We all need a good night’s sleep. This becomes more apparent at certain times in our lives. When we are young, we often enjoy the nightlife and music. Once we start work, we begin to appreciate the quiet evenings. The more strenuous our everyday life becomes, the more we long for a good night’s rest and: silence. And that’s when we have to decide whether the place we live can provide this silence or whether it will be impossible to achieve.
The constant hum of the cities
Sandra Lin and Pedro Fernandez are just like millions of other people. Both of them decided to move to the city in their twenties. They both made the decision based on their work. Sandra came to New York as a management consultant after graduating from State College, Pennsylvania, and Pedro was keen to find a job in Mexico City in his early twenties, where he’s been working as a web designer ever since. In both cases, the bustling cities provided success and a faster pace of life. The future couldn’t have looked brighter for either of them. Until they realized that they couldn’t sleep anymore that is.
Pedro initially blamed the pressure and the deadlines of his job for the fact that he couldn’t wind down on an evening. He began to feel more isolated, too tired to go to the nearby bar with his friends from the agency for a beer. Sandra was also becoming increasingly exhausted. She felt flustered, started to think that she wasn’t good at her job. Eventually she was struggling to concentrate in long meetings. “I thought that my relationship with my customers was suffering,” she explains. A colleague took her to one side: “Sandra, you look ... Do you think you might be doing too much?"
Infrasound: your silent neighborhood subwoofer
One evening, Sandra was celebrating a mutual project with a colleague. “I told him that I hadn’t fully settled in my new apartment because I was awake for so long at night and couldn’t relax. He remembered a report on television. It was about noises that kept you awake at night. After that, I took a closer look at the courtyard of my house. I suspected the air conditioning systems.” It soon became clear that it wasn’t the numerous air conditioning systems making the noise, it was actually a new heat pump in the neighboring house. Since this ran continuously, there was no time of night when Sandra could eventually fall into a deep sleep. By the time she identified the problem, she had slept badly for two years.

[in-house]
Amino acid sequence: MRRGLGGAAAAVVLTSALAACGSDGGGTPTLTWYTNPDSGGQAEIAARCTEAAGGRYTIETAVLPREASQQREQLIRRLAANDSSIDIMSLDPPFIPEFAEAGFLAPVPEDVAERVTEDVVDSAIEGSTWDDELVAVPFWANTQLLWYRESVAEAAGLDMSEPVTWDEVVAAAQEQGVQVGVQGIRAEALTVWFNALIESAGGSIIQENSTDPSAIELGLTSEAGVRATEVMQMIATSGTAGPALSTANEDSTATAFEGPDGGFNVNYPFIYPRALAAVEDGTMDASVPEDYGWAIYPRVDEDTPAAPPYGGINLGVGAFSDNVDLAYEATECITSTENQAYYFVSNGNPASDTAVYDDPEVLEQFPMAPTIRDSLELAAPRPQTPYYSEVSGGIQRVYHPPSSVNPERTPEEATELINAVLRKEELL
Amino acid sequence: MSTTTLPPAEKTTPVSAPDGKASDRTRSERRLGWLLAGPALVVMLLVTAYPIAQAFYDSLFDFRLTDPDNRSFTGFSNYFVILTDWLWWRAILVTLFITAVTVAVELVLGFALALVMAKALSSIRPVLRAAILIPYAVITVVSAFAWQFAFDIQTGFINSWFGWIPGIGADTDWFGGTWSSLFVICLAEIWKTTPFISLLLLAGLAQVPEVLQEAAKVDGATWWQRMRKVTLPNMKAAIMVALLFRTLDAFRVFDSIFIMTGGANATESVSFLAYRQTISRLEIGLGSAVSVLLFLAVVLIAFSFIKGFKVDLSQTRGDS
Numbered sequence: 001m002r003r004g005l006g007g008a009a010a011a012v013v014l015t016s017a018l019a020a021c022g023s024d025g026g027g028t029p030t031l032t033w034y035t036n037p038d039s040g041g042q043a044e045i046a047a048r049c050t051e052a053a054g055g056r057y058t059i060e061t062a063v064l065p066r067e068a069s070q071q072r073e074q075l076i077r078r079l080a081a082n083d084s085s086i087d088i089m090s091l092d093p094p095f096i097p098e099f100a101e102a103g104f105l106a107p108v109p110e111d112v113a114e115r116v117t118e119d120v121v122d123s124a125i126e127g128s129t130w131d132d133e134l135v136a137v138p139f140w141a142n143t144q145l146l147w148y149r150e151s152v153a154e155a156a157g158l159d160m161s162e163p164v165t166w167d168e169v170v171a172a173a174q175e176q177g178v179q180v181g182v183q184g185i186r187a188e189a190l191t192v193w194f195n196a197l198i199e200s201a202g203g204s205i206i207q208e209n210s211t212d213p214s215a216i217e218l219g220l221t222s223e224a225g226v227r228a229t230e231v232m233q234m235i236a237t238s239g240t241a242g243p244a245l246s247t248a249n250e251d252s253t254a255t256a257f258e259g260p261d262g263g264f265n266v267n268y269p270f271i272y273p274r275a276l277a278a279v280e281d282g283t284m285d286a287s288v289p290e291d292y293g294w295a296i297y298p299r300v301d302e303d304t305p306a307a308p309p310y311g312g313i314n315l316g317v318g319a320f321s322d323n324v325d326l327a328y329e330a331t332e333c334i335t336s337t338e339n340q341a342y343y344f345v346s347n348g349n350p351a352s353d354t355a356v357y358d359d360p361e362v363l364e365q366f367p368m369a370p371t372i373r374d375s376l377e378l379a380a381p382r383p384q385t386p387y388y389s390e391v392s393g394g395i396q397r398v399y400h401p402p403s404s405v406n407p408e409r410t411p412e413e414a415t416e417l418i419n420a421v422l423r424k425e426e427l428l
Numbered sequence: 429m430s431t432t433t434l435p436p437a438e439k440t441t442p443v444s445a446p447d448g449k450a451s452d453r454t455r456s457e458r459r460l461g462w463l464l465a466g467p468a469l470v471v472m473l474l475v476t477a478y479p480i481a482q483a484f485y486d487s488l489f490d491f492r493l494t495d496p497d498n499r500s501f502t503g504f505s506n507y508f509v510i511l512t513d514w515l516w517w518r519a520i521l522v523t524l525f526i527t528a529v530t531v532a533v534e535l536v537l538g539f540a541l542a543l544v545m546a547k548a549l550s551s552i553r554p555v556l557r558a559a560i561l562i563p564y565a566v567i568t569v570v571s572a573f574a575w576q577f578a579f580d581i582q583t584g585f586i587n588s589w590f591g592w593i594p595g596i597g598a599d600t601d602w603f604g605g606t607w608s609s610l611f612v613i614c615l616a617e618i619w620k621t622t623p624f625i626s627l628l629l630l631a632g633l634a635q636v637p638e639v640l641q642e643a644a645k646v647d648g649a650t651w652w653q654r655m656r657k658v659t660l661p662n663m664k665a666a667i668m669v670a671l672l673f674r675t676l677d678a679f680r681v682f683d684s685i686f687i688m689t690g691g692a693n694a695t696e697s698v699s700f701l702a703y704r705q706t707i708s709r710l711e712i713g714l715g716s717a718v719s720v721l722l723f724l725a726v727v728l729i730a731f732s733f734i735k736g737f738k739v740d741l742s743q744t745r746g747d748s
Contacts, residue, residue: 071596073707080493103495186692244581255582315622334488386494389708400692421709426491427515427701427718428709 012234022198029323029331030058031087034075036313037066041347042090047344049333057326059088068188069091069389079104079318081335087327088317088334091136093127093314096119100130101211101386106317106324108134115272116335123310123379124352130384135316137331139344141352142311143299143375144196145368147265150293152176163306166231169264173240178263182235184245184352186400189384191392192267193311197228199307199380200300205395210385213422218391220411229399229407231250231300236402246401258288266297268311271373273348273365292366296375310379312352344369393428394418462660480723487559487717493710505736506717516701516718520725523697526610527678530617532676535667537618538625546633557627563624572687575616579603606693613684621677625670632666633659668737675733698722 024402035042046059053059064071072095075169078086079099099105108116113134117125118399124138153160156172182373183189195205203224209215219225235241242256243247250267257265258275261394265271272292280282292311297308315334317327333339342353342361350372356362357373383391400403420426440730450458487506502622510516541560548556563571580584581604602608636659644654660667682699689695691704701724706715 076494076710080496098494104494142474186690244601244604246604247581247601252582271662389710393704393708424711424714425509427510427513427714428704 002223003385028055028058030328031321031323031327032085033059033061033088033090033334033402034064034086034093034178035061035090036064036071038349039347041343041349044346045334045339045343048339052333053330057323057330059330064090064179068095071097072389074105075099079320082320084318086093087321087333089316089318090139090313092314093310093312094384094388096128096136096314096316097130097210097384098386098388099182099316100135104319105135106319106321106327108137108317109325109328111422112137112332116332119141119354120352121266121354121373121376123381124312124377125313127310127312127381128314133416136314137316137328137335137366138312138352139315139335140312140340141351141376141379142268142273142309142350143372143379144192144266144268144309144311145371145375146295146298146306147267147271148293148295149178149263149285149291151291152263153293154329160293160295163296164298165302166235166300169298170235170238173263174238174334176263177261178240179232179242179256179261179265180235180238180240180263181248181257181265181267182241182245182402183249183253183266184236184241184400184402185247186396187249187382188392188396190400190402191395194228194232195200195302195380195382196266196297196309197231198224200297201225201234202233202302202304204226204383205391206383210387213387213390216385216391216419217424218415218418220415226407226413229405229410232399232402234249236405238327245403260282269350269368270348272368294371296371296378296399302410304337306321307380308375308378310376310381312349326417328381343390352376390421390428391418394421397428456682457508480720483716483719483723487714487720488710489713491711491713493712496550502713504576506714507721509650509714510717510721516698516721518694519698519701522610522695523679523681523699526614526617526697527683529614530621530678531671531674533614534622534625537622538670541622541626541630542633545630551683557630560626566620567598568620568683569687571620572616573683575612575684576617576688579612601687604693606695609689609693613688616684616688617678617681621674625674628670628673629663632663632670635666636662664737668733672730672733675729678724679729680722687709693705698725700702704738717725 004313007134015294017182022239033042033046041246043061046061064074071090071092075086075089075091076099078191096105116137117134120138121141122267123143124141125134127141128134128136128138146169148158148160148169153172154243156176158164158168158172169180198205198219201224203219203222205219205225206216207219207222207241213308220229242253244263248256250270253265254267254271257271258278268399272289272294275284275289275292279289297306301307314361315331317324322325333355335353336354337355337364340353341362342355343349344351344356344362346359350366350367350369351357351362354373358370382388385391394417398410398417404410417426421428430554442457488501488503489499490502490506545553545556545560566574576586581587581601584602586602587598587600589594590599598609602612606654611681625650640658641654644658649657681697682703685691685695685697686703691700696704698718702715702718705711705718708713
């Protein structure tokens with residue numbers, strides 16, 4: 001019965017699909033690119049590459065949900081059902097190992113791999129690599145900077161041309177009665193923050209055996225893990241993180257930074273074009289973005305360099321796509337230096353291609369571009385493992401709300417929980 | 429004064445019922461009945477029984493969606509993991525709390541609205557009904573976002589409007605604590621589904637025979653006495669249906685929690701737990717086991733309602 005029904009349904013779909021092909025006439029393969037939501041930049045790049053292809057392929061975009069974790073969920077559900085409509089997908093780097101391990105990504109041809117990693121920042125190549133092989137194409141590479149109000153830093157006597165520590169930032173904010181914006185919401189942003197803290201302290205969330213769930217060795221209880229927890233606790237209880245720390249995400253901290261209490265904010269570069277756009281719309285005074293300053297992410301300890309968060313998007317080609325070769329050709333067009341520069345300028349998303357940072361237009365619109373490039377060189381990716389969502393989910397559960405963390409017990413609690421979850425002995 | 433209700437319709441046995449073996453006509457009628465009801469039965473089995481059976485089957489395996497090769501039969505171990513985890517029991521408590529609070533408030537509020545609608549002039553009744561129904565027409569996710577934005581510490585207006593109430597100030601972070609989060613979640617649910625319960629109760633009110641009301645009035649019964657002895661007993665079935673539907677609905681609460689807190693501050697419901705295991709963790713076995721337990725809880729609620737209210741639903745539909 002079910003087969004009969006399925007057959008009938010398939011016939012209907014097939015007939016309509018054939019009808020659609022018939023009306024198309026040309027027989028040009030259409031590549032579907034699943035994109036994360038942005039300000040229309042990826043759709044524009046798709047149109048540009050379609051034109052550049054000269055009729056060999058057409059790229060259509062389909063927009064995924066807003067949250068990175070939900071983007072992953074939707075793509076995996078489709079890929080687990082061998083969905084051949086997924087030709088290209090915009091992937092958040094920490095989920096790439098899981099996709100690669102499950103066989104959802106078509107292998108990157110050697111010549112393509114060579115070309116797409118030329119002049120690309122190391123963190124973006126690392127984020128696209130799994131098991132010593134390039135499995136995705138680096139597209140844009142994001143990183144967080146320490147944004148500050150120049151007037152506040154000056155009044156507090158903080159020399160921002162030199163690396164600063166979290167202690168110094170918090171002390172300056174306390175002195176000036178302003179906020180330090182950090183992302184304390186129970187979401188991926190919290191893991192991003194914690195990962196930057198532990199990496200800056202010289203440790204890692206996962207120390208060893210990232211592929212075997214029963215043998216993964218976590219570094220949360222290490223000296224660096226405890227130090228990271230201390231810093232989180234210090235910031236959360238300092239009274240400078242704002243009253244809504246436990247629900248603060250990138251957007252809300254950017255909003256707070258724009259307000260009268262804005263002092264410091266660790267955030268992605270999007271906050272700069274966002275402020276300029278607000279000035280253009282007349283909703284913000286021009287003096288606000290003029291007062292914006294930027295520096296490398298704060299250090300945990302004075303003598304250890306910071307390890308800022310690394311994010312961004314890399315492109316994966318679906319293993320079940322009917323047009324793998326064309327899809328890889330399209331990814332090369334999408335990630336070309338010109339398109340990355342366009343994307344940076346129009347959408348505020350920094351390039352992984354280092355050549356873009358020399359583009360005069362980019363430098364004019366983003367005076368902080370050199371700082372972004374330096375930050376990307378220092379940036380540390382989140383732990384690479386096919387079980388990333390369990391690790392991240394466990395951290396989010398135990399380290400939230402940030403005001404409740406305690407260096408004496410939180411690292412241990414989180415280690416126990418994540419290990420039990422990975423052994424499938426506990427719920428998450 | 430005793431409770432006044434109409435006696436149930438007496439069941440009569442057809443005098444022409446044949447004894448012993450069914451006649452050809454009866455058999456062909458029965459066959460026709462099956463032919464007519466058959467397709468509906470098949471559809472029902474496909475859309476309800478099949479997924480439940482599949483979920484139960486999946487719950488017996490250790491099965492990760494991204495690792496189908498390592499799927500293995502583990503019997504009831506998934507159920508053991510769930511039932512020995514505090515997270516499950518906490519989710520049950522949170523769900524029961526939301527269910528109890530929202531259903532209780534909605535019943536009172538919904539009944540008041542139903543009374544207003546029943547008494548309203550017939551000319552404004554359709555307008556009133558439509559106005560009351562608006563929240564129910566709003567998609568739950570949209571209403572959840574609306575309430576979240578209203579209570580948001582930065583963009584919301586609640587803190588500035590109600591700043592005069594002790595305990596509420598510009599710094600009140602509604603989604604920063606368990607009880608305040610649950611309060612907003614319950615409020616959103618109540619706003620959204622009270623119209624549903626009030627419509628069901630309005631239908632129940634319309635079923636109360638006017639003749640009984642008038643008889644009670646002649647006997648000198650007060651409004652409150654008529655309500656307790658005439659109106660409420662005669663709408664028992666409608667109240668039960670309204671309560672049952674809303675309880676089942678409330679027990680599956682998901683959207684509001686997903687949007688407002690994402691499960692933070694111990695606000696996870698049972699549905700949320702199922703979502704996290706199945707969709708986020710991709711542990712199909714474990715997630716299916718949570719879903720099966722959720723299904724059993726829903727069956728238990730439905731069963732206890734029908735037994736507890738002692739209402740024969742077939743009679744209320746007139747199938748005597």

In Pedro’s case, it also took more than three years until he finally found the cause of his discomfort thanks to a friend: “It was a transformer that made low-frequency noises. I had no choice but to move. And since then I’ve felt so much better.”
The cause of all the problems: infrasound. Sound waves below 100 Hz are low-frequency, sound waves below 20 Hz are referred to as infrasound. Usually these sound waves are not even perceptible to the human ear, but since they pulsate and vibrate, they increase the pressure on our ears making them impossible for us to ignore. Many people pick up these sounds without even realizing. People like Sandra and Pedro: It took both of them years to realize that they were “ultra-sensitive to sound,” as Pedro describes himself.
It was only when they researched the phenomenon further that they realized there are millions of people on this earth, especially in big cities, who are in exactly the same situation. Sandra came to the same conclusion as Pedro: “I had to move. But this time I took a very close look at the neighborhood.“
It’s not just the big cities that are buzzing
Infrasound has become a constant companion in our lives, and it doesn’t only occur in the cities. Infrasound crops up everywhere: in refrigerators, pumps, biogas systems, transformers, air conditioning systems—even in wind turbines, which proves that infrasound can keep people awake in the country too. In the case of wind turbines, it is the vortex shedding that occurs at the outer end of the rotor blades that transports infrasound into the rural bedroom. It’s not always easy to tell who is suffering from insomnia due to infrasound. It often takes a while to determine its effect on our sleep. And as with Sandra and Pedro, often the only solution is to find a new home. In many cases, identifying that it is not our own lack of resilience or ability to deal with stress that is preventing us from sleeping is the first sign that we should be taking a closer look at our neighborhood.
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